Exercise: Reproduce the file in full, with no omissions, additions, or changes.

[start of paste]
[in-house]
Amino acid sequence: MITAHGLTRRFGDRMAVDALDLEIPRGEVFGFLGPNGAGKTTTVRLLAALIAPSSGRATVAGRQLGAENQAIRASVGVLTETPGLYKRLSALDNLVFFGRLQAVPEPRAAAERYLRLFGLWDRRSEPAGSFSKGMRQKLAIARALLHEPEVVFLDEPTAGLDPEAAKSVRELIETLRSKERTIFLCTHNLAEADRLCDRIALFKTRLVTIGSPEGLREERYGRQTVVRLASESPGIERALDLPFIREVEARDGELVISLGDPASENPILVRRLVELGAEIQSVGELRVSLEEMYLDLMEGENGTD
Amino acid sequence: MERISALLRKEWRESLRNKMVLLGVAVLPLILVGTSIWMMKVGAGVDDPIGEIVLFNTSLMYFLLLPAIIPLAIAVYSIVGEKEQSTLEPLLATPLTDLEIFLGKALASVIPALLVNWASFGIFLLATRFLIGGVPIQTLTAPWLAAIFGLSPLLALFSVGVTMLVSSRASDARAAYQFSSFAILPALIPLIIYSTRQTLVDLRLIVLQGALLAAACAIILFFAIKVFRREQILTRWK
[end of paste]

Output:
[in-house]
Amino acid sequence: MITAHGLTRRFGDRMAVDALDLEIPRGEVFGFLGPNGAGKTTTVRLLAALIAPSSGRATVAGRQLGAENQAIRASVGVLTETPGLYKRLSALDNLVFFGRLQAVPEPRAAAERYLRLFGLWDRRSEPAGSFSKGMRQKLAIARALLHEPEVVFLDEPTAGLDPEAAKSVRELIETLRSKERTIFLCTHNLAEADRLCDRIALFKTRLVTIGSPEGLREERYGRQTVVRLASESPGIERALDLPFIREVEARDGELVISLGDPASENPILVRRLVELGAEIQSVGELRVSLEEMYLDLMEGENGTD
Amino acid sequence: MERISALLRKEWRESLRNKMVLLGVAVLPLILVGTSIWMMKVGAGVDDPIGEIVLFNTSLMYFLLLPAIIPLAIAVYSIVGEKEQSTLEPLLATPLTDLEIFLGKALASVIPALLVNWASFGIFLLATRFLIGGVPIQTLTAPWLAAIFGLSPLLALFSVGVTMLVSSRASDARAAYQFSSFAILPALIPLIIYSTRQTLVDLRLIVLQGALLAAACAIILFFAIKVFRREQILTRWK